The Ministry of Finance of Malaysia stated that the closed Malaysian Stabilization Fund 1MDB has filed a lawsuit against Deutsche Bank, JP Morgan Chase and Kurtz, seeking to return the billions of dollars stolen in the corruption scandal.
The ministry reported that the fund had filed six lawsuits against 25 individuals and 9 entities (including two foreign financial institutions) involving breach of contract, fraud, negligence and other criminal acts, but did not mention the company name.
Court documents show that the fund is seeking a return of US$1.11 billion from the Malaysian branch of Deutsche Bank, US$800 million from the Swiss branch of JP Morgan Chase, and US$1.03 billion from Kutz Bank, as well as interest.
The ministry said in a statement that the former branch of the SRC Fund has filed 16 lawsuits against 15 people and 8 entities for similar crimes.
The ministry said that 1MDB and its branches are seeking a total of 23 billion U.S. dollars in return.
The Ministry of Defense stated: “1MDB and SRC claim that these entities and/or individuals have unfairly gotten rich by unfairly collecting money from 1MDB or SRC.”
The three companies did not immediately respond to Reuters’ request to comment on the allegations in the lawsuit.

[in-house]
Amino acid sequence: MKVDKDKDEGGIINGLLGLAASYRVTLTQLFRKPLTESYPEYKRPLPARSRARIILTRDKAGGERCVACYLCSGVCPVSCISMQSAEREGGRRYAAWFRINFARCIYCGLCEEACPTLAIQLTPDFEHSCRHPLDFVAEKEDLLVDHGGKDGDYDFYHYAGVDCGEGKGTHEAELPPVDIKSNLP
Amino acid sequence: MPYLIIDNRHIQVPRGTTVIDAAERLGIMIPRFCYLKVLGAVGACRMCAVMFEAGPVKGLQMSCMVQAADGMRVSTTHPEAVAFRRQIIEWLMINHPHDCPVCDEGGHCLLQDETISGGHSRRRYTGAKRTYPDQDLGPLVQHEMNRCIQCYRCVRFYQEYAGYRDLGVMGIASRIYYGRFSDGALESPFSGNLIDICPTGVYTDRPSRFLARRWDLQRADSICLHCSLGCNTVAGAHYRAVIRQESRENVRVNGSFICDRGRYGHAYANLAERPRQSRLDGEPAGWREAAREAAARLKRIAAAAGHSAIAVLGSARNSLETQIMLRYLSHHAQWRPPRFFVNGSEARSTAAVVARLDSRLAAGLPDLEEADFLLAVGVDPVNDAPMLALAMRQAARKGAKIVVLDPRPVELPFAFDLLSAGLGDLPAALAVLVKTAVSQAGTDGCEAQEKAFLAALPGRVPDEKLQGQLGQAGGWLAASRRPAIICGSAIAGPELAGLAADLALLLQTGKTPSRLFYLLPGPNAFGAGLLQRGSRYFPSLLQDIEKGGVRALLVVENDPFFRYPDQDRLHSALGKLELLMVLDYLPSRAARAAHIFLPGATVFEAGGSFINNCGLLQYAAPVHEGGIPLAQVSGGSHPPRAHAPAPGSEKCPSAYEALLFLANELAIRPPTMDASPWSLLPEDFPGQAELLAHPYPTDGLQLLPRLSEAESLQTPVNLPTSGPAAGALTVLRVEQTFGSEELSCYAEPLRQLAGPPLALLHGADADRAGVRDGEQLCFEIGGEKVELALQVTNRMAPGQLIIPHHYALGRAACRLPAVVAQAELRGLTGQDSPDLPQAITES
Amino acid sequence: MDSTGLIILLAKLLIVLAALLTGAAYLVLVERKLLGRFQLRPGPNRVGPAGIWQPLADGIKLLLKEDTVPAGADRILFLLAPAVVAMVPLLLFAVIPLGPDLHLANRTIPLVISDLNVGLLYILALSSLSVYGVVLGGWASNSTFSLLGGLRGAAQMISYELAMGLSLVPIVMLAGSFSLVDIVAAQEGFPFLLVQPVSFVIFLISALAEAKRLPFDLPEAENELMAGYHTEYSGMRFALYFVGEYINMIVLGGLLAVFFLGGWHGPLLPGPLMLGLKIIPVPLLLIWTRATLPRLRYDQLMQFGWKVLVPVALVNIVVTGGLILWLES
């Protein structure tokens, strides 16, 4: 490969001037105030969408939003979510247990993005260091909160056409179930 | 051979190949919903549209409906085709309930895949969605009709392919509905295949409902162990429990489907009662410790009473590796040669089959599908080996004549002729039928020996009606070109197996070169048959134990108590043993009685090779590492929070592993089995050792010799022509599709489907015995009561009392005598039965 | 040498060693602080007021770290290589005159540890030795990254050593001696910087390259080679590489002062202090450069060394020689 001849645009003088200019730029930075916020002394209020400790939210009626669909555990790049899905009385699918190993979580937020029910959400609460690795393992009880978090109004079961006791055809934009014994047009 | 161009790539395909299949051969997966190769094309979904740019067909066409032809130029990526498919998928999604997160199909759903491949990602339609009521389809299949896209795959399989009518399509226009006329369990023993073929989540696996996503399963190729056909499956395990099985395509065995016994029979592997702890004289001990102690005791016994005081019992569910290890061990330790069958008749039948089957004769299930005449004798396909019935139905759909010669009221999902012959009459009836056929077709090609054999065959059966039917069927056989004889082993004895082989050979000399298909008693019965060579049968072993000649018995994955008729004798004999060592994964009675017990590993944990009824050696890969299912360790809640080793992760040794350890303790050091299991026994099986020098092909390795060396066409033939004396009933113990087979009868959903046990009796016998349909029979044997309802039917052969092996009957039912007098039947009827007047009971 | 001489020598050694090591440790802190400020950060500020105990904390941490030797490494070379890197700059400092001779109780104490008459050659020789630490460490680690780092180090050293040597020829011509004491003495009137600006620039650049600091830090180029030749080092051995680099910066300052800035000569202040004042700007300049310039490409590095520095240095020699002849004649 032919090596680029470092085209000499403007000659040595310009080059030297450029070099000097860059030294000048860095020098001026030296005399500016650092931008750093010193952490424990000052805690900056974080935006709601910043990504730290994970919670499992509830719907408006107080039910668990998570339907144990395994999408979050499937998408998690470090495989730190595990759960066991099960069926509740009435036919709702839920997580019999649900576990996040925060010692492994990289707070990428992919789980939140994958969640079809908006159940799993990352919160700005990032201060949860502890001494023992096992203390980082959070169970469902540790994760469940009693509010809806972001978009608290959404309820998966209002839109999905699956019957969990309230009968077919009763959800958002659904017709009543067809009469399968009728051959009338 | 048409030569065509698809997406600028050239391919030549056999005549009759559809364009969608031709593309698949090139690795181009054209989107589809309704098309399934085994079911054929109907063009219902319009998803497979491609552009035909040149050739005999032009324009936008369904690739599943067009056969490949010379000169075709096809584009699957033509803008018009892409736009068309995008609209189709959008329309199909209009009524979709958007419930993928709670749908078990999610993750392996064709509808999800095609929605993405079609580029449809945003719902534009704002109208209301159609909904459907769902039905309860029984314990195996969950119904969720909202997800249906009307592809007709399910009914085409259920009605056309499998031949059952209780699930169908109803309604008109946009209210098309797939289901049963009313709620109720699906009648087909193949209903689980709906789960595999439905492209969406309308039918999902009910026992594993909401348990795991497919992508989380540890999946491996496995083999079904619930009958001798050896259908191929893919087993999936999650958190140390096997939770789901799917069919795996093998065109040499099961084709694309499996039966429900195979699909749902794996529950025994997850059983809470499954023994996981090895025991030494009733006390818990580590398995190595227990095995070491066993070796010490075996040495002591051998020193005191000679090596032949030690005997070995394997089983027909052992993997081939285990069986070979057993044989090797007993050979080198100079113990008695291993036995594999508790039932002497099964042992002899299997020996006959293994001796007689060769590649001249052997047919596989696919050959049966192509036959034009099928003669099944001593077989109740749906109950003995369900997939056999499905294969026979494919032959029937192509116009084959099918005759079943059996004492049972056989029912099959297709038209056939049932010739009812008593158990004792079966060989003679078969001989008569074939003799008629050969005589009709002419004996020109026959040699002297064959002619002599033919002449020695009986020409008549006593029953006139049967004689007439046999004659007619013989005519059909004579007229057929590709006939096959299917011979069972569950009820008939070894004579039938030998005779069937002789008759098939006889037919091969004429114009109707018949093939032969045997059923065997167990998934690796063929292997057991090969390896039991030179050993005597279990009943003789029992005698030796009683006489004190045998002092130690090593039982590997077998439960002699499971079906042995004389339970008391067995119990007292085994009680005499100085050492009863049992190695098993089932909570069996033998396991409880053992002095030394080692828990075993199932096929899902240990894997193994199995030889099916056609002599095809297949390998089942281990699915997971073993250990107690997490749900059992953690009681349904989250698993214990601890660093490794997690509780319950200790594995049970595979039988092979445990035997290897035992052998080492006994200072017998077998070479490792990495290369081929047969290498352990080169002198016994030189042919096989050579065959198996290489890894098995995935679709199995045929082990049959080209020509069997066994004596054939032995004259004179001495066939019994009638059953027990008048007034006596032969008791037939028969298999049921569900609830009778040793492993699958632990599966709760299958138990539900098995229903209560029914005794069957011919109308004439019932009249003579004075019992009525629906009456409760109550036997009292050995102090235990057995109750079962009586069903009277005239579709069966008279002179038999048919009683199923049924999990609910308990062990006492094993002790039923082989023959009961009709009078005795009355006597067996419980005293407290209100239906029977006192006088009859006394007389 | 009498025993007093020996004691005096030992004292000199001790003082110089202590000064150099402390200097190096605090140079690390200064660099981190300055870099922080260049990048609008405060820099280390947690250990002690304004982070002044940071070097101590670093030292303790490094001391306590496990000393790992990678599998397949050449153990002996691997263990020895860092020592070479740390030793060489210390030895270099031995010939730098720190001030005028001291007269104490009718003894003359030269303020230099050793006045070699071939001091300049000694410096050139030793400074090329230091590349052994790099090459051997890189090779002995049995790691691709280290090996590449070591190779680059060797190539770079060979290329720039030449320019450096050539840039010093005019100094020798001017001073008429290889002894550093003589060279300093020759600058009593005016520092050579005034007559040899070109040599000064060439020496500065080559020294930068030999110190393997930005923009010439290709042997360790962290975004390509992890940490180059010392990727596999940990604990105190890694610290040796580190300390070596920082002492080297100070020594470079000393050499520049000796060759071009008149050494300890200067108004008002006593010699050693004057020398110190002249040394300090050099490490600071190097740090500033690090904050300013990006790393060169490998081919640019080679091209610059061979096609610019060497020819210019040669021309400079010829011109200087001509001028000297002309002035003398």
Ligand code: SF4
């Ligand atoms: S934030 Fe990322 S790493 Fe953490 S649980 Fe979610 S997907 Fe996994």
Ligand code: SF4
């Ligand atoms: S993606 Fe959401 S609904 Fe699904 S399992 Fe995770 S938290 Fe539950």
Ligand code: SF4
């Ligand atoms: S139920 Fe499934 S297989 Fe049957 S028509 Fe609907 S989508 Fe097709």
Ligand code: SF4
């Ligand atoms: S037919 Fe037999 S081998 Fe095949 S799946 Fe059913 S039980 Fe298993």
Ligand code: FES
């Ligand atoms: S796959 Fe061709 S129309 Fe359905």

Malaysian business daily “The Edge” reported that the former defendants included Najib Razak, the former prime minister who founded the fund.
Investigators in Malaysia and the United States said that between 2009 and 2014, at least $4.5 billion was stolen from the fund, involving scandals involving senior officials, banks and financial institutions worldwide.
According to Reuters, Malaysia has reached an agreement with the US investment bank Goldman Sachs to return nearly US$5 billion in assets. Goldman Sachs has helped the fund raise billions of US dollars. The audit firm Deloitte has also reached an agreement. protocol.
In 2017, Swiss regulators reported that the Swiss subsidiary of JPMorgan Chase violated anti-money laundering laws in business relationships and transactions related to Malaysian funds. The bank subsequently announced that it had improved its supervision and supervision mechanism.
Last year, the Swiss authorities convicted a former Coutts banker for failing to report suspicious transactions involving Malaysian funds.